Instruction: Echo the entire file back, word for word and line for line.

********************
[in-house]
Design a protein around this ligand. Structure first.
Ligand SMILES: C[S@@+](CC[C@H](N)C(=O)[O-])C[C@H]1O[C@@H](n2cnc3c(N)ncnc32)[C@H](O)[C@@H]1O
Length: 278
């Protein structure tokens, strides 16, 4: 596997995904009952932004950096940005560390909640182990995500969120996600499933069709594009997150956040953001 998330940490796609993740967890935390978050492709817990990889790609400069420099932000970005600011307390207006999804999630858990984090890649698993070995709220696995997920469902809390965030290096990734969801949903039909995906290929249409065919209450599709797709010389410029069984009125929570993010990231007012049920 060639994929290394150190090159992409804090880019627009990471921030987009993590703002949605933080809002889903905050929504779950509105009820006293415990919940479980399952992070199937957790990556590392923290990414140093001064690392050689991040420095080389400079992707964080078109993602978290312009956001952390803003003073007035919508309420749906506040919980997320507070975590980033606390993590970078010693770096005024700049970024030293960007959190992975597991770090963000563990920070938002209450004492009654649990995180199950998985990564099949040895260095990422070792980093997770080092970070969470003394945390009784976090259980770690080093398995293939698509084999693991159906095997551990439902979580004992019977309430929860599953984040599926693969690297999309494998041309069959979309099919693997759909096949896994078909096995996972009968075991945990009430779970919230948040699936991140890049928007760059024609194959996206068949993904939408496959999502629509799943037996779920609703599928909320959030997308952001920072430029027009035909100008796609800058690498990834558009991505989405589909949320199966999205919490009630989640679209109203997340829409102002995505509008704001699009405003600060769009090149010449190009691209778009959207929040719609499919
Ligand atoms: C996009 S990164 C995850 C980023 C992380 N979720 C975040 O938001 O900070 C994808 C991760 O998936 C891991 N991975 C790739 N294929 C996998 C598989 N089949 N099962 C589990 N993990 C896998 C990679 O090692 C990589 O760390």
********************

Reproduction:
[in-house]
Design a protein around this ligand. Structure first.
Ligand SMILES: C[S@@+](CC[C@H](N)C(=O)[O-])C[C@H]1O[C@@H](n2cnc3c(N)ncnc32)[C@H](O)[C@@H]1O
Length: 278
């Protein structure tokens, strides 16, 4: 596997995904009952932004950096940005560390909640182990995500969120996600499933069709594009997150956040953001 998330940490796609993740967890935390978050492709817990990889790609400069420099932000970005600011307390207006999804999630858990984090890649698993070995709220696995997920469902809390965030290096990734969801949903039909995906290929249409065919209450599709797709010389410029069984009125929570993010990231007012049920 060639994929290394150190090159992409804090880019627009990471921030987009993590703002949605933080809002889903905050929504779950509105009820006293415990919940479980399952992070199937957790990556590392923290990414140093001064690392050689991040420095080389400079992707964080078109993602978290312009956001952390803003003073007035919508309420749906506040919980997320507070975590980033606390993590970078010693770096005024700049970024030293960007959190992975597991770090963000563990920070938002209450004492009654649990995180199950998985990564099949040895260095990422070792980093997770080092970070969470003394945390009784976090259980770690080093398995293939698509084999693991159906095997551990439902979580004992019977309430929860599953984040599926693969690297999309494998041309069959979309099919693997759909096949896994078909096995996972009968075991945990009430779970919230948040699936991140890049928007760059024609194959996206068949993904939408496959999502629509799943037996779920609703599928909320959030997308952001920072430029027009035909100008796609800058690498990834558009991505989405589909949320199966999205919490009630989640679209109203997340829409102002995505509008704001699009405003600060769009090149010449190009691209778009959207929040719609499919
Ligand atoms: C996009 S990164 C995850 C980023 C992380 N979720 C975040 O938001 O900070 C994808 C991760 O998936 C891991 N991975 C790739 N294929 C996998 C598989 N089949 N099962 C589990 N993990 C896998 C990679 O090692 C990589 O760390």